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For example let’s say you want to read more. That’s something that’s really important to you. Stephen King advises people to read 5 hours a day, which sounds insane. Sounds wonderful, I’m not gonna lie, but how can anyone possibly read that many hours in a day? Well, Stephen King does it. He does this by fitting reading into every second of his day that he can. While he’s standing in line, when waiting for the lights to dim in a movie theater, any spare moment he has he spends it on reading because that’s what’s important to him. You can do the same thing with the things that matter to you.
There are minutes hidden in tiny pockets of your day. Just like the jar of change that maybe you have on your dresser. A few pennies here, a nickel there, it all eventually adds up to dollars, right? So it’s really about taking these tiny little nuggets throughout your day and building it into something bigger. Remember to focus on the harmony of the 168 hours in your week, not the just the 24 hours in your day. Balance out the heavy work days with the lighter work days. Balance out the days that you work mostly on insignificant objectives with the days that you work on important objectives. It’s all about the harmony. Finding the time that matters to you. Consider splitting work time to spend more time on the things that matter most to you. Let go of any ideas that you maybe have always told yourself, these scripts that you’ve said to yourself for years about you have to be home for some certain part of the day. If you balance not being home for dinner some days, with being home for breakfast or lunch on other days, you’re creating more harmony in your life than if you’re working late every night or scrambling to get home every single evening.
The last tip I have for you is to assume you’re going to go home at a certain time and then plan your day backwards. Feeling in control of your schedule prevents you from feeling burned out at work. Then you begin to spend your time more wisely because you’ve created a plan. So, start with the end in mind. This is just like what we talk about with goal-setting. Always starting off with where you want to be at the end. At the end of your day, when do you want to be grabbing your coat and heading out the door.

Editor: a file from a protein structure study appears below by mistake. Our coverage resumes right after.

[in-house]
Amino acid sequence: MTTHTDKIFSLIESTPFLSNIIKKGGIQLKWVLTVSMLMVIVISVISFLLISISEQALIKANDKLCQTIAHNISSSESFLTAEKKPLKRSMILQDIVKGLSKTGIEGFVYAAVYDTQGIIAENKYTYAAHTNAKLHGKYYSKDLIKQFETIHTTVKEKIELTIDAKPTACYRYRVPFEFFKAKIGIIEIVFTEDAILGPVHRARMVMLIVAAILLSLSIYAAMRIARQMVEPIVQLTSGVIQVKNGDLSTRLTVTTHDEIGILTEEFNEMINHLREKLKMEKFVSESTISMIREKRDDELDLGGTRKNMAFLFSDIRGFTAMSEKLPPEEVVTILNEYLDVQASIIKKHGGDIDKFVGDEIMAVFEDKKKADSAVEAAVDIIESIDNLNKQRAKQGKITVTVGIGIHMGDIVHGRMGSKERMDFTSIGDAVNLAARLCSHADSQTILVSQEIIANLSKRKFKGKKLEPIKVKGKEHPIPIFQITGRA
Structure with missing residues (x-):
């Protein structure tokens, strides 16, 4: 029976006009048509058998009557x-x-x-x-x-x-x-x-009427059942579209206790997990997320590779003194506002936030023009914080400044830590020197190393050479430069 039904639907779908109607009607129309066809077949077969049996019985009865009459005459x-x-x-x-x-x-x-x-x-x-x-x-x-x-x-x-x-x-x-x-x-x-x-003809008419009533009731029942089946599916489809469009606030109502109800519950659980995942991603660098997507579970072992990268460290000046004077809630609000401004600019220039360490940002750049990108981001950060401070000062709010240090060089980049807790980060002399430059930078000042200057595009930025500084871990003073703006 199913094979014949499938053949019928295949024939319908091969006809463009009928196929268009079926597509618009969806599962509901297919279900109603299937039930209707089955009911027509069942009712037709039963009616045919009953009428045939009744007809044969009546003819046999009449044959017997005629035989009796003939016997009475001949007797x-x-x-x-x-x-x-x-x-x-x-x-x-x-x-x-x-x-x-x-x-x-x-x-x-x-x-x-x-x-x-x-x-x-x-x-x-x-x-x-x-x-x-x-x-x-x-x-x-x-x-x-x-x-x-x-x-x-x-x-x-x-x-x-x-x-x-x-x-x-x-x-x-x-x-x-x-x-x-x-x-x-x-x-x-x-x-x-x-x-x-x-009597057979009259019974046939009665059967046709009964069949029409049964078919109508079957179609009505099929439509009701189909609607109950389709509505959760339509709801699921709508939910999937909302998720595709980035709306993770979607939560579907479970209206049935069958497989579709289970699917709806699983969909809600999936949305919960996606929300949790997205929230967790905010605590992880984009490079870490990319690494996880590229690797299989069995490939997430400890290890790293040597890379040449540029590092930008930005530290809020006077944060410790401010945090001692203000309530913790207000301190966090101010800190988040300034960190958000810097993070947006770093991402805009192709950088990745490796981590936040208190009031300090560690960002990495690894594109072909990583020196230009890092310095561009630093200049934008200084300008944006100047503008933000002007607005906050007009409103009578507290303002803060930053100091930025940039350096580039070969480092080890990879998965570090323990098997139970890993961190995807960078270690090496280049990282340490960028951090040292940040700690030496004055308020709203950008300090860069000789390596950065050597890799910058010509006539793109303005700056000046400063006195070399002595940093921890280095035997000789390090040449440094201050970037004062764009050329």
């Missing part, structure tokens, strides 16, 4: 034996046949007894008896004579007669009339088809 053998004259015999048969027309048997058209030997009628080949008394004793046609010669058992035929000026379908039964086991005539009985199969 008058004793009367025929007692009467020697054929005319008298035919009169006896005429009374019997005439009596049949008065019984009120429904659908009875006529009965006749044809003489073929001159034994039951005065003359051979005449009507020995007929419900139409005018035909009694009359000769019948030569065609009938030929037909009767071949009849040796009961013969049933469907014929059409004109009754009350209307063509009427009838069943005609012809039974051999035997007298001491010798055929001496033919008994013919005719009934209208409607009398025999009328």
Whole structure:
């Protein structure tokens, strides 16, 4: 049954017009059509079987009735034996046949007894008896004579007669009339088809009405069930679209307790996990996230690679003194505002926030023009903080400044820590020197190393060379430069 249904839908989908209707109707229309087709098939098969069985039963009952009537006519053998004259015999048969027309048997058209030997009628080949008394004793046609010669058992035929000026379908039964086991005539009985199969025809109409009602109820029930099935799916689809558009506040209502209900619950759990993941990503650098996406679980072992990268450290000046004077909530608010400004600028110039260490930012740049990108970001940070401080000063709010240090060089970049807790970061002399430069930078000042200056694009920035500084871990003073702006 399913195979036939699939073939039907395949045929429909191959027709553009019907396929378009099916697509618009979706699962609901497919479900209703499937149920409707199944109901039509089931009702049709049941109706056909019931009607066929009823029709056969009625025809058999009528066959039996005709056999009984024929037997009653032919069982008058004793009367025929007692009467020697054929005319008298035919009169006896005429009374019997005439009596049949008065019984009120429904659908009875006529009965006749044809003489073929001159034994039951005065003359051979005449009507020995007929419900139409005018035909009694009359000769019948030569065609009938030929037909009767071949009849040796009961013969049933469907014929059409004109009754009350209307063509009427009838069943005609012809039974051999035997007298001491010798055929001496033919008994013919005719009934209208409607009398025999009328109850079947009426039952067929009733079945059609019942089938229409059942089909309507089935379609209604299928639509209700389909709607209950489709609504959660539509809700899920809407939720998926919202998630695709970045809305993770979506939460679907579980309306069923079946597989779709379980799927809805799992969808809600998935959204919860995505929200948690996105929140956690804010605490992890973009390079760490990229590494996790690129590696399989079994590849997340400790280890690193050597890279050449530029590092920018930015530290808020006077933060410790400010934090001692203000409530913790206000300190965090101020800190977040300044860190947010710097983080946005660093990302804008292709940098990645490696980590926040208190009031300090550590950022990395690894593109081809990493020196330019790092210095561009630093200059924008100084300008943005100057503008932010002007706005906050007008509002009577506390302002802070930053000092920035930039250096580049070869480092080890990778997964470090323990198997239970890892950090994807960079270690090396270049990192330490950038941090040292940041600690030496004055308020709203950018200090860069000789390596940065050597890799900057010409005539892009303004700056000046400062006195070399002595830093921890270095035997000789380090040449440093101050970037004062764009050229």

I love what Greg McKeown, the author of Essentialism, says about this. “The things we have to do expand to fit the time we give ourselves to do them. So if you fail to plan a specific time, those urgent tasks, well, they’ll expand to fill it. But if you say, ‘I’m going to take 90 minutes to tackle all these emails and then I’m gonna turn my attention to more important tasks,’ well, then you’re more likely to tackle a lot more of those emails in those 90 minutes because you’re ready to get to those things that are more important.”
I really would love for you to start implementing this and start scheduling in the things that matter to you. It’s about having a priority list, not a to-list. I know we went through a lot of different strategies and tactics and lots of tips. Don’t worry, though, cause I know that you’re not taking notes cause many of you are listening while you’re in your car or while you’re working out. I’ll have all of this and more listed in the show notes. If you go to inkwellpress.com/podcast and then click on Episode 24, you’ll find all the information we talked about here today. So no worries if you aren’t sure of all the different strategies we talked about. Now, next week, we are goin to be talking about taking back your Friday. This, I think, is a really important topic because I think for a lot of us we love Friday, but it’s also our most unproductive day. We are going to be figuring out some strategies for making your Friday the most productive day and the day you look forward to the most of your entire week.
Don’t forget, you can feel free to connect with me on my website, which is inkwellpress.com/podcast or you can connect with on social media using the username @inkwellpress on Twitter, Facebook, Instagram, you can find me just about anywhere.
All right, until next time, happy planning.
**This transcript is created by AI, so please excuse any typos, misspellings and grammar mistakes.
As a woman time management keynote speaker, Tanya Dalton speaks about productivity, goal setting, finding purpose and being a team player at work.